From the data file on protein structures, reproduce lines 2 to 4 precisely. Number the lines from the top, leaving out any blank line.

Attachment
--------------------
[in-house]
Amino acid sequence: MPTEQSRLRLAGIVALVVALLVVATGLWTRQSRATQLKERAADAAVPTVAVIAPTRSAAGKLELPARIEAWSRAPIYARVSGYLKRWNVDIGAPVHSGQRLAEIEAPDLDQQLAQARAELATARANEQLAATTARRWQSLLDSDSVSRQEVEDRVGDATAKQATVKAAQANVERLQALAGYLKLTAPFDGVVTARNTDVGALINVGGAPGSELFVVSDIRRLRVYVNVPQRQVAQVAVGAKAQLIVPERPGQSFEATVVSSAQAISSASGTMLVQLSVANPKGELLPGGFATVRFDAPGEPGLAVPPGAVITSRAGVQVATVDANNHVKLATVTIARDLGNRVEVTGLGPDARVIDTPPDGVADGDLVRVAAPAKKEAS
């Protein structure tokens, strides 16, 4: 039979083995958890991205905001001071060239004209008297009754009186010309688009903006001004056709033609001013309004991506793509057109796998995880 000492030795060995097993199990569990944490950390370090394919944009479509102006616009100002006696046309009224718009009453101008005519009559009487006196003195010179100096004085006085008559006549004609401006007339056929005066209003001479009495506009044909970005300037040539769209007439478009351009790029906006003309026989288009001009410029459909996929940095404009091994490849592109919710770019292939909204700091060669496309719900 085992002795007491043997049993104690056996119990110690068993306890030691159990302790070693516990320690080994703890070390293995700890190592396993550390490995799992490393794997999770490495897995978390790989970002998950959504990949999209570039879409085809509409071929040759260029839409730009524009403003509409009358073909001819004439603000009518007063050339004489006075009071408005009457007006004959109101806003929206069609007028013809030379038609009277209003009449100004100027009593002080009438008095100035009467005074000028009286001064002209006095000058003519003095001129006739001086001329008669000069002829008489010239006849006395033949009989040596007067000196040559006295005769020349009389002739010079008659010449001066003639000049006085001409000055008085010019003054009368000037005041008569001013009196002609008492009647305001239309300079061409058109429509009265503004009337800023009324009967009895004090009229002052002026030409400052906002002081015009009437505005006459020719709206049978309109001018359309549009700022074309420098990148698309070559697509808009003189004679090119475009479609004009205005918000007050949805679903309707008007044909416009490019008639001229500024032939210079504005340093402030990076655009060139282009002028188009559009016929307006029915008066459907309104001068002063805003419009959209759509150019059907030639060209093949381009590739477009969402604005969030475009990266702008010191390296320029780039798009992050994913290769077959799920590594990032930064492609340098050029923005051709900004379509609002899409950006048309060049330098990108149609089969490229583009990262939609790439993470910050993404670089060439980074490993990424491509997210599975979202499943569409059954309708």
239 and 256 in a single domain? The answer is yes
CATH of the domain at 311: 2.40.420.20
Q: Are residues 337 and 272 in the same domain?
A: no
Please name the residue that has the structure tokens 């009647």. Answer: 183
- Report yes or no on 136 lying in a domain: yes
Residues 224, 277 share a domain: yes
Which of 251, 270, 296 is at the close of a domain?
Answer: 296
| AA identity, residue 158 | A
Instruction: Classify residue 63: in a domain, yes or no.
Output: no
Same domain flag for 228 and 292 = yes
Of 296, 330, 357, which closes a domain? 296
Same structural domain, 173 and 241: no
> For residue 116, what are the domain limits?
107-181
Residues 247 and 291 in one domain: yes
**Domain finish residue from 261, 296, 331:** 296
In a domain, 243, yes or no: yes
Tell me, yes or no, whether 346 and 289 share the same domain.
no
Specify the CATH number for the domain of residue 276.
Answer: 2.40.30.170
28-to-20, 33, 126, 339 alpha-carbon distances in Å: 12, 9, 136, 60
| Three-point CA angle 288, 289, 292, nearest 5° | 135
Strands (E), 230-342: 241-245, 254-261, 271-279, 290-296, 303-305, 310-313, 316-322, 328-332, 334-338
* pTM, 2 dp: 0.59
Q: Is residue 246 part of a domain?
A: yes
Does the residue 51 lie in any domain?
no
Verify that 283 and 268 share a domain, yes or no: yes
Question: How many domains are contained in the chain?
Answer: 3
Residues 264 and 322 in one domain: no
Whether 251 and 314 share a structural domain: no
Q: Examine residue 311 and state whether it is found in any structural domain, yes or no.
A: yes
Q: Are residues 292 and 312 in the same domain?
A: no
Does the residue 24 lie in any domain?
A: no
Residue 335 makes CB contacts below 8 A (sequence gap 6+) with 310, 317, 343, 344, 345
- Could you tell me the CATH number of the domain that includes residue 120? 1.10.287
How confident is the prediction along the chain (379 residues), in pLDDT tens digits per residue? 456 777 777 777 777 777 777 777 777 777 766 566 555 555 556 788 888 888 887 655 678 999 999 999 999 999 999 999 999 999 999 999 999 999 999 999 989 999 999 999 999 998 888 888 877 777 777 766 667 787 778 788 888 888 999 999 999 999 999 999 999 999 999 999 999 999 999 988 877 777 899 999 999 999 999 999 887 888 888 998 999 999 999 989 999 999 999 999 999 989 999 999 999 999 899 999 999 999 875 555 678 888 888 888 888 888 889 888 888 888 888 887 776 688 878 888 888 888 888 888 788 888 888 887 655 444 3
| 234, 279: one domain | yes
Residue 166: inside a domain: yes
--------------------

Amino acid sequence: MPTEQSRLRLAGIVALVVALLVVATGLWTRQSRATQLKERAADAAVPTVAVIAPTRSAAGKLELPARIEAWSRAPIYARVSGYLKRWNVDIGAPVHSGQRLAEIEAPDLDQQLAQARAELATARANEQLAATTARRWQSLLDSDSVSRQEVEDRVGDATAKQATVKAAQANVERLQALAGYLKLTAPFDGVVTARNTDVGALINVGGAPGSELFVVSDIRRLRVYVNVPQRQVAQVAVGAKAQLIVPERPGQSFEATVVSSAQAISSASGTMLVQLSVANPKGELLPGGFATVRFDAPGEPGLAVPPGAVITSRAGVQVATVDANNHVKLATVTIARDLGNRVEVTGLGPDARVIDTPPDGVADGDLVRVAAPAKKEAS
């Protein structure tokens, strides 16, 4: 039979083995958890991205905001001071060239004209008297009754009186010309688009903006001004056709033609001013309004991506793509057109796998995880 000492030795060995097993199990569990944490950390370090394919944009479509102006616009100002006696046309009224718009009453101008005519009559009487006196003195010179100096004085006085008559006549004609401006007339056929005066209003001479009495506009044909970005300037040539769209007439478009351009790029906006003309026989288009001009410029459909996929940095404009091994490849592109919710770019292939909204700091060669496309719900 085992002795007491043997049993104690056996119990110690068993306890030691159990302790070693516990320690080994703890070390293995700890190592396993550390490995799992490393794997999770490495897995978390790989970002998950959504990949999209570039879409085809509409071929040759260029839409730009524009403003509409009358073909001819004439603000009518007063050339004489006075009071408005009457007006004959109101806003929206069609007028013809030379038609009277209003009449100004100027009593002080009438008095100035009467005074000028009286001064002209006095000058003519003095001129006739001086001329008669000069002829008489010239006849006395033949009989040596007067000196040559006295005769020349009389002739010079008659010449001066003639000049006085001409000055008085010019003054009368000037005041008569001013009196002609008492009647305001239309300079061409058109429509009265503004009337800023009324009967009895004090009229002052002026030409400052906002002081015009009437505005006459020719709206049978309109001018359309549009700022074309420098990148698309070559697509808009003189004679090119475009479609004009205005918000007050949805679903309707008007044909416009490019008639001229500024032939210079504005340093402030990076655009060139282009002028188009559009016929307006029915008066459907309104001068002063805003419009959209759509150019059907030639060209093949381009590739477009969402604005969030475009990266702008010191390296320029780039798009992050994913290769077959799920590594990032930064492609340098050029923005051709900004379509609002899409950006048309060049330098990108149609089969490229583009990262939609790439993470910050993404670089060439980074490993990424491509997210599975979202499943569409059954309708």
239 and 256 in a single domain? The answer is yes